Billy watches the sun setting in the distance, shadows beginning to appear along the sideline of the football field. He stands in the backfield at the 24-yard line as the quarterback calls the alignment at the line, getting all the players set. Billy knows the play; it’s a run to the left. He licks his chops and gets ready. Finally, the quarterback huts the ball, and Billy runs up to receive the handoff. He gets the ball and quickly cuts it outside to the left. There is space in front of him with only one player to beat. He gains five yards with lots of space ahead. The linebacker is closing in on him fast. He knows he will have to try and break the tackle if he wants to get more yards. Billy cuts upfield lower his helmet and falls through the linebacker, his helmet contacting the linebacker’s chest pads. Billy breaks the tackle, managing to stay on his feet for a second or two longer, but then tumbles to the ground himself.
After that, Billy didn’t remember anything. He didn’t remember being on the ground for 10 minutes whilst being attended to by trainers. He didn’t remember ending up in the hospital and having a CT scan. That day became a haze in Billy’s mind, and he would never play organized football again. While such a scenario is tragic, it is a possibility for any athlete who plays contact sports. They are putting their bodies and their futures on the line for the sport they love. Athletes, whether they are playing football, hockey, soccer, etc. know that concussions are a risk, as are a wide variety of other injuries. And even if you as an athlete had a sport associated concussion at one point, or currently have a concussion, it does not mean you need to struggle with the symptoms. There are solutions in relieving and/or reducing the symptoms associated with a concussion.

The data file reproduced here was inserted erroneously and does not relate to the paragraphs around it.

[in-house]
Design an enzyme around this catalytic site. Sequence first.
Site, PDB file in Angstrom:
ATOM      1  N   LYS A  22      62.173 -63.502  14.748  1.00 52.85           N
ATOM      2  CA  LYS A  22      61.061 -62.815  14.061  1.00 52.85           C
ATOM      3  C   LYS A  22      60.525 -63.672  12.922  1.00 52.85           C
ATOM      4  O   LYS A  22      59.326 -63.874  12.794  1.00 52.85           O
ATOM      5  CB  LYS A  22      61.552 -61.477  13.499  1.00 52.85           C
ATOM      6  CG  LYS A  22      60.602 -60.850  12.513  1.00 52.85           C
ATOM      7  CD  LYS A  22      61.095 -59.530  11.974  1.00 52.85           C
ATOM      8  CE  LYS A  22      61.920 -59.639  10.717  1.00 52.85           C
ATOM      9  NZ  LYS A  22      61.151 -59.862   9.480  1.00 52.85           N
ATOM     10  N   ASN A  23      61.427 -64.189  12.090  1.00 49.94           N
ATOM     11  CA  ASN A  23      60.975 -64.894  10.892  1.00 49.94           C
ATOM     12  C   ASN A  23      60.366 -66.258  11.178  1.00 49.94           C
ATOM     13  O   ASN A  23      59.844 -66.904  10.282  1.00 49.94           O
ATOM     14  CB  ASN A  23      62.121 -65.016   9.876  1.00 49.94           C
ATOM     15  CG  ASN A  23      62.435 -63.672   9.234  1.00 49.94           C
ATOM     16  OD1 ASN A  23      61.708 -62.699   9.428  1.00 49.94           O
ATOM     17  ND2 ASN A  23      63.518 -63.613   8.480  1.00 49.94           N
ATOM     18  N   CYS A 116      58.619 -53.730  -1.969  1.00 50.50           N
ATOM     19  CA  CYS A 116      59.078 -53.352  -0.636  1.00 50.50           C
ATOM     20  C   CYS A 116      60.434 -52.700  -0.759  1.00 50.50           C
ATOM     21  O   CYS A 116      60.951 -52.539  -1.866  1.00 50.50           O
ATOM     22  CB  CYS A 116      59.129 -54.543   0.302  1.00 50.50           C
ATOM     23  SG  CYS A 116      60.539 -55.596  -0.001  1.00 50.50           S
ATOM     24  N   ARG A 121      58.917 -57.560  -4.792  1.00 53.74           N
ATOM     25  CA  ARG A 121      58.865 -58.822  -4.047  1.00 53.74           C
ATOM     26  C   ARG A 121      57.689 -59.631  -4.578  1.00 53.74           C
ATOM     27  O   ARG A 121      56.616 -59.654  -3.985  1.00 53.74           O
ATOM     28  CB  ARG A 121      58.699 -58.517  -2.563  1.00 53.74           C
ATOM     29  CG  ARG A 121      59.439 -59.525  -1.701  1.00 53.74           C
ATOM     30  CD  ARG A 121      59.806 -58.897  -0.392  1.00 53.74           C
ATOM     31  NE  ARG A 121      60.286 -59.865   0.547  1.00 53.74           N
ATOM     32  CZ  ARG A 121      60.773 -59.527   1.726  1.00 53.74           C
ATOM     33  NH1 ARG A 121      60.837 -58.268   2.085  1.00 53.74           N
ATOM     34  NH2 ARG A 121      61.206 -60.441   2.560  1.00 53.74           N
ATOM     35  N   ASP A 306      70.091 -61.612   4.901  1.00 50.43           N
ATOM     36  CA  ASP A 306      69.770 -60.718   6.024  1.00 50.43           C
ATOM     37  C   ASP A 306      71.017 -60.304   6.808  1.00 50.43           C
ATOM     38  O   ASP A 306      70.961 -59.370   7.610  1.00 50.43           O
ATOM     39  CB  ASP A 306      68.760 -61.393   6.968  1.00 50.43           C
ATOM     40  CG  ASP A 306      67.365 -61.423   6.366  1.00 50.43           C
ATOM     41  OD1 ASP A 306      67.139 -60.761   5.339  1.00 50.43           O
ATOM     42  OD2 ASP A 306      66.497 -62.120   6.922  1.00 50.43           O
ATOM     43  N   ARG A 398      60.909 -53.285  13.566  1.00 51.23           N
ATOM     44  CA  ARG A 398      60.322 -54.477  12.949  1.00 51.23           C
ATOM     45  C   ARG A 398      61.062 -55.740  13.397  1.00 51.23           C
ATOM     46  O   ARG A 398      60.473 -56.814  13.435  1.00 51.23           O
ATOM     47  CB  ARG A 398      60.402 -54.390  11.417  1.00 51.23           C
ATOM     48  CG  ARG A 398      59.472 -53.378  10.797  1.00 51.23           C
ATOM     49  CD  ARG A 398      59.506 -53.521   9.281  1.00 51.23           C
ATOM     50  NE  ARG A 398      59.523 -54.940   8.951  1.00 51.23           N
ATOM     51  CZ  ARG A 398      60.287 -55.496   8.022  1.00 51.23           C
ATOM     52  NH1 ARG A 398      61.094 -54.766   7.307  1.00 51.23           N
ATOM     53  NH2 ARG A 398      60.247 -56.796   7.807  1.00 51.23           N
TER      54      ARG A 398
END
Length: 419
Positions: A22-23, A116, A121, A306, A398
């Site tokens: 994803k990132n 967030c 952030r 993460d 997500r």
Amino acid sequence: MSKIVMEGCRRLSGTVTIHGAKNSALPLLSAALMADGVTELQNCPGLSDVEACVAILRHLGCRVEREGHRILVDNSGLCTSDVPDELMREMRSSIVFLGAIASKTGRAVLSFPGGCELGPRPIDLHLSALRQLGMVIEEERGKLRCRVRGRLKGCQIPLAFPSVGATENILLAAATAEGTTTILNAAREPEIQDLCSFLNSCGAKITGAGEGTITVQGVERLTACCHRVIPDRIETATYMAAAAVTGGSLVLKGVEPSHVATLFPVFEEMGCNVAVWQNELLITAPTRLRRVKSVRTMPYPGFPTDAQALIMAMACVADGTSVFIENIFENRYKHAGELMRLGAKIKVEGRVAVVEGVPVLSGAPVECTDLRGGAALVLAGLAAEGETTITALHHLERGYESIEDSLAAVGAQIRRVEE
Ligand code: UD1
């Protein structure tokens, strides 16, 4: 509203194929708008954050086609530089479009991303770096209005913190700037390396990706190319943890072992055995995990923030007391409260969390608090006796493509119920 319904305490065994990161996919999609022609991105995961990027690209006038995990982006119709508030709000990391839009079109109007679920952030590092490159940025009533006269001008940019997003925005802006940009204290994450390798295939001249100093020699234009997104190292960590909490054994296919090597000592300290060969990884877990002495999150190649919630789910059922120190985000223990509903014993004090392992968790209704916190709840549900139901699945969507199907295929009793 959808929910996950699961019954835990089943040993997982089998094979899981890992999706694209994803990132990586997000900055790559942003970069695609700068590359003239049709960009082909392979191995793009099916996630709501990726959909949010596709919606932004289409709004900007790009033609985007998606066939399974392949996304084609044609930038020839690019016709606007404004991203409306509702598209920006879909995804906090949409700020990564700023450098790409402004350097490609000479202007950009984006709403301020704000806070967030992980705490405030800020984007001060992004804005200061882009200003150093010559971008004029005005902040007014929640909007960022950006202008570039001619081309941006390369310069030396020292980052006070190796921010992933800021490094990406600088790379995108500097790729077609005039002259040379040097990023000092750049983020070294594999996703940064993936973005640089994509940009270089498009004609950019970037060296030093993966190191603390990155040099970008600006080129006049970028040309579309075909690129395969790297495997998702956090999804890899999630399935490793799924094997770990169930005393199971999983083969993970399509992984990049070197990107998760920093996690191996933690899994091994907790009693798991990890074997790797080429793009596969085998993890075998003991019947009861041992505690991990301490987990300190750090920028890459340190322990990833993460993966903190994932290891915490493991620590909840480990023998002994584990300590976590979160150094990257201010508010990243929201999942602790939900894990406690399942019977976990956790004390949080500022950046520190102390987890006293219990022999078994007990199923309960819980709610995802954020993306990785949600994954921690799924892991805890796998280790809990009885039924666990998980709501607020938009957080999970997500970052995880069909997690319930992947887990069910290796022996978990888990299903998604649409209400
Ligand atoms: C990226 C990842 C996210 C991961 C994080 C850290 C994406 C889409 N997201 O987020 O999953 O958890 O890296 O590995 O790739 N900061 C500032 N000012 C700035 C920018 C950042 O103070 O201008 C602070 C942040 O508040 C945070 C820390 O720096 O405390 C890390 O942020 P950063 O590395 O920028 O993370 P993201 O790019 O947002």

What is a Concussion?
A concussion is a Traumatic Brain Injury (TBI) that results in a temporary loss of normal brain function. Symptoms include amnesia, confusion, nausea, headaches, and other cognitive difficulties. Normally a concussion is caused by a head injury when your head slams into an object or the ground. When a collision with your skull occurs, your brain becomes jostled and can slam around inside your skull. This can result in damage (sometimes permanent) to the brain itself. Such damage leads to lessened functionality of the brain which can mean cognitive, emotional, and physical difficulties. Depending on the severity of the brain injury, symptoms can be mild, with symptoms going away after minutes, or symptoms can be severe and last months or even years after the injury. For athletes who have a history of past concussions or for those athletes who are still experiencing symptoms of a concussion, there is hope.
Concussions in Contact Sports
The National Football League, or NFL, is a contact football league and a multi-million-dollar industry. Every year from September to February, fans grab their beers and their hotdogs and watch the game from the stands, taking in every aspect of the game. The big game, the Superbowl, is one of the most anticipated sporting events each year, with millions of people tuning in from all over the world. They watch the football game, the halftime show, or both. While fans are watching the game, the players down below play the game. Quarterbacks throw footballs for receivers to catch downfield, running backs run with the ball and avoid tacklers, linebackers tackle and make stops, and kickers kick footballs through the uprights. Of course, all this isn’t without its risks. Every snap has a chance to lead to an injury, and as a football player, you are putting your body at risk. One potential injury is a sport-associated concussion. Of course, players aren’t going in unprotected. They wear pads from head to toe and wear sturdy helmets that are enclosed over their skulls. Nonetheless, that does not mean that concussions don’t occur. They do. While helmets do protect the skull from damage, they don’t necessarily protect the brain from getting jolted inside the skull. In the past, players, whether they knew they had a concussion or not, would get right back into the play and play football, even if they were feeling dazed or confused. It was a tough-guy mentality that was part of the game. Players wanted to get right back up and show that they could play and that they were okay. They didn’t want to miss a snap. They didn’t want to portray any weakness. Getting hit was just part of the game.